This paper examines supervisors at a reform university where most supervision concerns undergraduate and Master's project work. Drawing on Grant's (. ‘Assembling Ourselves Differently? Contesting the Dominant Imaginary of Doctoral Supervision’. Parallax 24 (3): 356–370) understanding of being a supervisor as an ongoing process of assembling oneself, it focuses on the role of this institutional framework as an ‘outside’ element in this assembling process. I argue that it shapes the conditions of that assembling through the changing conceptions and temporalities of supervision. While supervisors continue to aspire to the original conception of supervision as a distinct pedagogical mode that is–even for undergraduates–akin to apprenticeship, palpable quickening and demands for instruction-like supervision endanger this conception. This temporal compression, together with the prevalence of short-term cyclicality of projects and co-negotiation of multiple longer-term temporal frames of becoming a supervisor, makes for a temporally multi-layered and particularly intense supervisory practice.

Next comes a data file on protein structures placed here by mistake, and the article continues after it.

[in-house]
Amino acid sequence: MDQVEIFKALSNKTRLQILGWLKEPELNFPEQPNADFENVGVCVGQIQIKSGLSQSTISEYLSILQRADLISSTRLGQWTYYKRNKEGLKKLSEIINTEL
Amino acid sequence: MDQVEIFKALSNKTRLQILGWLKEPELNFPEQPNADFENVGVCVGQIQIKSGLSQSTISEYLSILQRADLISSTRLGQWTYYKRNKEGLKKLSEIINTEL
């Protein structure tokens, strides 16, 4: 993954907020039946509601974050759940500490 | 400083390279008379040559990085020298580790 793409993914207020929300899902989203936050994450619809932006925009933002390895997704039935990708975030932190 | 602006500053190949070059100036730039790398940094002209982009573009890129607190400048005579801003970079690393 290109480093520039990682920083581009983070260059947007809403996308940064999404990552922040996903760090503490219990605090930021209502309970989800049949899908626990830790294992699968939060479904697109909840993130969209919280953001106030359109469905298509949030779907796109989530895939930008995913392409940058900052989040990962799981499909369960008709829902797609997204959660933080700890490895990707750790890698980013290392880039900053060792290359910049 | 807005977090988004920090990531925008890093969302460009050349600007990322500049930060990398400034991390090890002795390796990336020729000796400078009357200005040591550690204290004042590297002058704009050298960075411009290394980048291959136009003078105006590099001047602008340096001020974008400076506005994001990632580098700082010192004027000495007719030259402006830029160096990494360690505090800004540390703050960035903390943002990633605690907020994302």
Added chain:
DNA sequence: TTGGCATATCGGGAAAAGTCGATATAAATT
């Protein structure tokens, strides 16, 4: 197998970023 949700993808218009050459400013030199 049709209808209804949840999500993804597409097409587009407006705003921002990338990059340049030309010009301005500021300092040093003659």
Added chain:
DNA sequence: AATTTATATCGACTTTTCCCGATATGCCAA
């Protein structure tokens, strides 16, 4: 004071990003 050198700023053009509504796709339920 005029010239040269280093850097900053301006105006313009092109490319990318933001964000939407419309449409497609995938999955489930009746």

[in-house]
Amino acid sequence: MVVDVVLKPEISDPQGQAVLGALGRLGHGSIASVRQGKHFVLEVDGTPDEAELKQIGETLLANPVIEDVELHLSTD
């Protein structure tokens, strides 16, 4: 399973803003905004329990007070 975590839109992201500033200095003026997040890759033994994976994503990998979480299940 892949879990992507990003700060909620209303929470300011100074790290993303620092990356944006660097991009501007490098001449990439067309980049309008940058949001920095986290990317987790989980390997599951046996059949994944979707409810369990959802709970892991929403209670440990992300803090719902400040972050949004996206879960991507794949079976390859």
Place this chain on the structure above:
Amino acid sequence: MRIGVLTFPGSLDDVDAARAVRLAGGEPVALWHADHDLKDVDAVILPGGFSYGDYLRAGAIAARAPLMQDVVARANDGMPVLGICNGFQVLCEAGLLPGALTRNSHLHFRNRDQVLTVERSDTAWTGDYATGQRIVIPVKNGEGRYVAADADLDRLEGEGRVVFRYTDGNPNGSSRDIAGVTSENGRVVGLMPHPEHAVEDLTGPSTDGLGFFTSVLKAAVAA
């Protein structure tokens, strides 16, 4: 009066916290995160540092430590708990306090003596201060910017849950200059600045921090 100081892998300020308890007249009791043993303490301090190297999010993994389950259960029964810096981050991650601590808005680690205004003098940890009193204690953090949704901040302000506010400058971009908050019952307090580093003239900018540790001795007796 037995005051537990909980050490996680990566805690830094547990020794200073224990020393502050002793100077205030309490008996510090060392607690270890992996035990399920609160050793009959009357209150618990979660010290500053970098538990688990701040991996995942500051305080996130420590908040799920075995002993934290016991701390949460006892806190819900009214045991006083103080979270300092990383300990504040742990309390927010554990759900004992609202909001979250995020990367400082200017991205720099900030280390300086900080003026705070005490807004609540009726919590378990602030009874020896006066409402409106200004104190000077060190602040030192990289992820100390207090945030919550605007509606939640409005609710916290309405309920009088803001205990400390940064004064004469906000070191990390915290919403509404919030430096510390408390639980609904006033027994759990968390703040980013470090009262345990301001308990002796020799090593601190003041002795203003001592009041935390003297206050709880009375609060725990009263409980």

Bibliographical noteImportant note from the Publisher regarding the attached version of the article: “This is an Accepted Manuscript version of the following article, accepted for publication in Teaching in Higher Education. Tatiana Fogelman (2021) ‘A sort of collaboration’: challenged conceptions and negotiated temporalities in supervision practice at a reform university, Teaching in Higher Education, DOI: 10.1080/13562517.2021.1891042 . It is deposited under the terms of the Creative Commons Attribution-NonCommercial License (http://creativecommons.org/licenses/by-nc/4.0/), which permits non-commercial re-use, distribution, and reproduction in any medium, provided the original work is properly cited.”
- project work
- reform university